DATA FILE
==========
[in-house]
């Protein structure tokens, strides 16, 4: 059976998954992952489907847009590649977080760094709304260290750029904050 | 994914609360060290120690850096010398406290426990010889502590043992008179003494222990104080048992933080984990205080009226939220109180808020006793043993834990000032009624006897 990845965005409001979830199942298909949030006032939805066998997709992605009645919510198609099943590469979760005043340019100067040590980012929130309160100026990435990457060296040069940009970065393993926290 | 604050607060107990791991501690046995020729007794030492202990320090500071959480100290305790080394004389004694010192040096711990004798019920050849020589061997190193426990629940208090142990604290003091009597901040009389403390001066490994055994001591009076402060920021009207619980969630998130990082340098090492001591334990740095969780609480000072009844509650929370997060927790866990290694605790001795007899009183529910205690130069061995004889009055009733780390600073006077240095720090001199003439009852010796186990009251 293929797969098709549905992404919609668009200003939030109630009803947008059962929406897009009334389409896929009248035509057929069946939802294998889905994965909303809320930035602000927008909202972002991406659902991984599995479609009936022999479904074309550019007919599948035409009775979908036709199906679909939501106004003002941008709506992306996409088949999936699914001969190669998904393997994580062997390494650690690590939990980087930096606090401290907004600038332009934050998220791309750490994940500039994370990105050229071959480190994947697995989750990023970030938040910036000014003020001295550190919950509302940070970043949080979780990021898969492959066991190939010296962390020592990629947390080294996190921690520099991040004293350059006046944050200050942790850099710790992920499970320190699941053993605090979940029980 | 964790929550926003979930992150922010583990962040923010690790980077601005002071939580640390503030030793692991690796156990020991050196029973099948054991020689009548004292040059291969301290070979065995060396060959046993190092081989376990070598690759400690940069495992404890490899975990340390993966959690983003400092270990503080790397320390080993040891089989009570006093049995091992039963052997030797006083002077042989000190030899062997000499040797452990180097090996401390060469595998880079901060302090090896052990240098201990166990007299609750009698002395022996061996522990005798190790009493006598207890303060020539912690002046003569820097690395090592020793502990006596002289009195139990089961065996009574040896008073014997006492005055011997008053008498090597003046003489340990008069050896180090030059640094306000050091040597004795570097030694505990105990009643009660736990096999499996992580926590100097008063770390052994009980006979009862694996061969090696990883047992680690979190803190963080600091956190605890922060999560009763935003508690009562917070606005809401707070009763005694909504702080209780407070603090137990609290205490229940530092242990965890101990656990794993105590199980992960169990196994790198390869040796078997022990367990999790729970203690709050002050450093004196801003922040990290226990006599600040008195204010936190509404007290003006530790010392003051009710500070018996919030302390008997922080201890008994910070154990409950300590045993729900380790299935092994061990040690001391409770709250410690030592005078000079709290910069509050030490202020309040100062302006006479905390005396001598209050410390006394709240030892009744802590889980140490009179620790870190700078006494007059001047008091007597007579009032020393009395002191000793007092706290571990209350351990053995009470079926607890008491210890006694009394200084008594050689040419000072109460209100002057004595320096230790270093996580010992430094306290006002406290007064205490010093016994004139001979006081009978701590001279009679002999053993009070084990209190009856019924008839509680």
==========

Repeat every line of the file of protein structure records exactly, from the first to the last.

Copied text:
[in-house]
């Protein structure tokens, strides 16, 4: 059976998954992952489907847009590649977080760094709304260290750029904050 | 994914609360060290120690850096010398406290426990010889502590043992008179003494222990104080048992933080984990205080009226939220109180808020006793043993834990000032009624006897 990845965005409001979830199942298909949030006032939805066998997709992605009645919510198609099943590469979760005043340019100067040590980012929130309160100026990435990457060296040069940009970065393993926290 | 604050607060107990791991501690046995020729007794030492202990320090500071959480100290305790080394004389004694010192040096711990004798019920050849020589061997190193426990629940208090142990604290003091009597901040009389403390001066490994055994001591009076402060920021009207619980969630998130990082340098090492001591334990740095969780609480000072009844509650929370997060927790866990290694605790001795007899009183529910205690130069061995004889009055009733780390600073006077240095720090001199003439009852010796186990009251 293929797969098709549905992404919609668009200003939030109630009803947008059962929406897009009334389409896929009248035509057929069946939802294998889905994965909303809320930035602000927008909202972002991406659902991984599995479609009936022999479904074309550019007919599948035409009775979908036709199906679909939501106004003002941008709506992306996409088949999936699914001969190669998904393997994580062997390494650690690590939990980087930096606090401290907004600038332009934050998220791309750490994940500039994370990105050229071959480190994947697995989750990023970030938040910036000014003020001295550190919950509302940070970043949080979780990021898969492959066991190939010296962390020592990629947390080294996190921690520099991040004293350059006046944050200050942790850099710790992920499970320190699941053993605090979940029980 | 964790929550926003979930992150922010583990962040923010690790980077601005002071939580640390503030030793692991690796156990020991050196029973099948054991020689009548004292040059291969301290070979065995060396060959046993190092081989376990070598690759400690940069495992404890490899975990340390993966959690983003400092270990503080790397320390080993040891089989009570006093049995091992039963052997030797006083002077042989000190030899062997000499040797452990180097090996401390060469595998880079901060302090090896052990240098201990166990007299609750009698002395022996061996522990005798190790009493006598207890303060020539912690002046003569820097690395090592020793502990006596002289009195139990089961065996009574040896008073014997006492005055011997008053008498090597003046003489340990008069050896180090030059640094306000050091040597004795570097030694505990105990009643009660736990096999499996992580926590100097008063770390052994009980006979009862694996061969090696990883047992680690979190803190963080600091956190605890922060999560009763935003508690009562917070606005809401707070009763005694909504702080209780407070603090137990609290205490229940530092242990965890101990656990794993105590199980992960169990196994790198390869040796078997022990367990999790729970203690709050002050450093004196801003922040990290226990006599600040008195204010936190509404007290003006530790010392003051009710500070018996919030302390008997922080201890008994910070154990409950300590045993729900380790299935092994061990040690001391409770709250410690030592005078000079709290910069509050030490202020309040100062302006006479905390005396001598209050410390006394709240030892009744802590889980140490009179620790870190700078006494007059001047008091007597007579009032020393009395002191000793007092706290571990209350351990053995009470079926607890008491210890006694009394200084008594050689040419000072109460209100002057004595320096230790270093996580010992430094306290006002406290007064205490010093016994004139001979006081009978701590001279009679002999053993009070084990209190009856019924008839509680």